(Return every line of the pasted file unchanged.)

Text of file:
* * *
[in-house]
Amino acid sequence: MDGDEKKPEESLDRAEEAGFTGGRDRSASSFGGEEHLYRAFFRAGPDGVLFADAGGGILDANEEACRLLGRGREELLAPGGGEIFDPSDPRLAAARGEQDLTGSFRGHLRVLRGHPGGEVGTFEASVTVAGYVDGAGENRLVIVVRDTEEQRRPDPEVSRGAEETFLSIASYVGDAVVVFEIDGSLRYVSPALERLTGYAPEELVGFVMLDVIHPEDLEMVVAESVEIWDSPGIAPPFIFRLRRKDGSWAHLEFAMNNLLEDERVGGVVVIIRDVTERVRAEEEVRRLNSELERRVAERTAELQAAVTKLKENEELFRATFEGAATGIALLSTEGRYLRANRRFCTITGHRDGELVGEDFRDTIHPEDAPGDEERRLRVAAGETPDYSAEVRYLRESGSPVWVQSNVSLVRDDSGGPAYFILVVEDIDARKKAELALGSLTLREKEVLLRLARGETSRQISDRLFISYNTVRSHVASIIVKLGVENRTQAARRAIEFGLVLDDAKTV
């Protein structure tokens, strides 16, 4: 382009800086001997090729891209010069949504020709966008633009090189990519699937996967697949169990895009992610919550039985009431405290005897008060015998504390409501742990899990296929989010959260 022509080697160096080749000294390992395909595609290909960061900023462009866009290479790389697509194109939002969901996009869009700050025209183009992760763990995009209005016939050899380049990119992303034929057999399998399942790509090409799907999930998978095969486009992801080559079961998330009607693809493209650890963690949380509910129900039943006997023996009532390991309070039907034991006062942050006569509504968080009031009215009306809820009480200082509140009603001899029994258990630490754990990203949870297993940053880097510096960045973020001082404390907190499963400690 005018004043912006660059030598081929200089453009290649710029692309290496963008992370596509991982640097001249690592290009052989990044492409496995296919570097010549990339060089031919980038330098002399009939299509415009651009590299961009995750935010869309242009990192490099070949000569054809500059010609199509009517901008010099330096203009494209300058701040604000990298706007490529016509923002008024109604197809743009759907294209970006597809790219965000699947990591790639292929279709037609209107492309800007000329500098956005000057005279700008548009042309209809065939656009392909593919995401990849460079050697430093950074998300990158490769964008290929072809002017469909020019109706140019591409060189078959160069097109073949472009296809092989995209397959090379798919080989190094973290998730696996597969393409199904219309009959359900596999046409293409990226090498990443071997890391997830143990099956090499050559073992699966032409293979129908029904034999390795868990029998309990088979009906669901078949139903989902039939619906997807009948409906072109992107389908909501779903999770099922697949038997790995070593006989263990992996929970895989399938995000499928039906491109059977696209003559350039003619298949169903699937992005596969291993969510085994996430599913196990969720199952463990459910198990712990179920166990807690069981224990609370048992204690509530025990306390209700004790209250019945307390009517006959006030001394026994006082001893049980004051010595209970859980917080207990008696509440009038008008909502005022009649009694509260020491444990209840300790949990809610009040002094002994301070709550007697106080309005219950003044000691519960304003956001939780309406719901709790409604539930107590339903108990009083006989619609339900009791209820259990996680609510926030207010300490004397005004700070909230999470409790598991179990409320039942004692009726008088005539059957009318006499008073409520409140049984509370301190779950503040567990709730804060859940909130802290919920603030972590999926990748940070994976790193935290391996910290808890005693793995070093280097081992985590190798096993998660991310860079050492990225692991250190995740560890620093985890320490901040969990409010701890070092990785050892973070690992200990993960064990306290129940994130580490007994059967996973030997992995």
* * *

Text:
[in-house]
Amino acid sequence: MDGDEKKPEESLDRAEEAGFTGGRDRSASSFGGEEHLYRAFFRAGPDGVLFADAGGGILDANEEACRLLGRGREELLAPGGGEIFDPSDPRLAAARGEQDLTGSFRGHLRVLRGHPGGEVGTFEASVTVAGYVDGAGENRLVIVVRDTEEQRRPDPEVSRGAEETFLSIASYVGDAVVVFEIDGSLRYVSPALERLTGYAPEELVGFVMLDVIHPEDLEMVVAESVEIWDSPGIAPPFIFRLRRKDGSWAHLEFAMNNLLEDERVGGVVVIIRDVTERVRAEEEVRRLNSELERRVAERTAELQAAVTKLKENEELFRATFEGAATGIALLSTEGRYLRANRRFCTITGHRDGELVGEDFRDTIHPEDAPGDEERRLRVAAGETPDYSAEVRYLRESGSPVWVQSNVSLVRDDSGGPAYFILVVEDIDARKKAELALGSLTLREKEVLLRLARGETSRQISDRLFISYNTVRSHVASIIVKLGVENRTQAARRAIEFGLVLDDAKTV
């Protein structure tokens, strides 16, 4: 382009800086001997090729891209010069949504020709966008633009090189990519699937996967697949169990895009992610919550039985009431405290005897008060015998504390409501742990899990296929989010959260 022509080697160096080749000294390992395909595609290909960061900023462009866009290479790389697509194109939002969901996009869009700050025209183009992760763990995009209005016939050899380049990119992303034929057999399998399942790509090409799907999930998978095969486009992801080559079961998330009607693809493209650890963690949380509910129900039943006997023996009532390991309070039907034991006062942050006569509504968080009031009215009306809820009480200082509140009603001899029994258990630490754990990203949870297993940053880097510096960045973020001082404390907190499963400690 005018004043912006660059030598081929200089453009290649710029692309290496963008992370596509991982640097001249690592290009052989990044492409496995296919570097010549990339060089031919980038330098002399009939299509415009651009590299961009995750935010869309242009990192490099070949000569054809500059010609199509009517901008010099330096203009494209300058701040604000990298706007490529016509923002008024109604197809743009759907294209970006597809790219965000699947990591790639292929279709037609209107492309800007000329500098956005000057005279700008548009042309209809065939656009392909593919995401990849460079050697430093950074998300990158490769964008290929072809002017469909020019109706140019591409060189078959160069097109073949472009296809092989995209397959090379798919080989190094973290998730696996597969393409199904219309009959359900596999046409293409990226090498990443071997890391997830143990099956090499050559073992699966032409293979129908029904034999390795868990029998309990088979009906669901078949139903989902039939619906997807009948409906072109992107389908909501779903999770099922697949038997790995070593006989263990992996929970895989399938995000499928039906491109059977696209003559350039003619298949169903699937992005596969291993969510085994996430599913196990969720199952463990459910198990712990179920166990807690069981224990609370048992204690509530025990306390209700004790209250019945307390009517006959006030001394026994006082001893049980004051010595209970859980917080207990008696509440009038008008909502005022009649009694509260020491444990209840300790949990809610009040002094002994301070709550007697106080309005219950003044000691519960304003956001939780309406719901709790409604539930107590339903108990009083006989619609339900009791209820259990996680609510926030207010300490004397005004700070909230999470409790598991179990409320039942004692009726008088005539059957009318006499008073409520409140049984509370301190779950503040567990709730804060859940909130802290919920603030972590999926990748940070994976790193935290391996910290808890005693793995070093280097081992985590190798096993998660991310860079050492990225692991250190995740560890620093985890320490901040969990409010701890070092990785050892973070690992200990993960064990306290129940994130580490007994059967996973030997992995």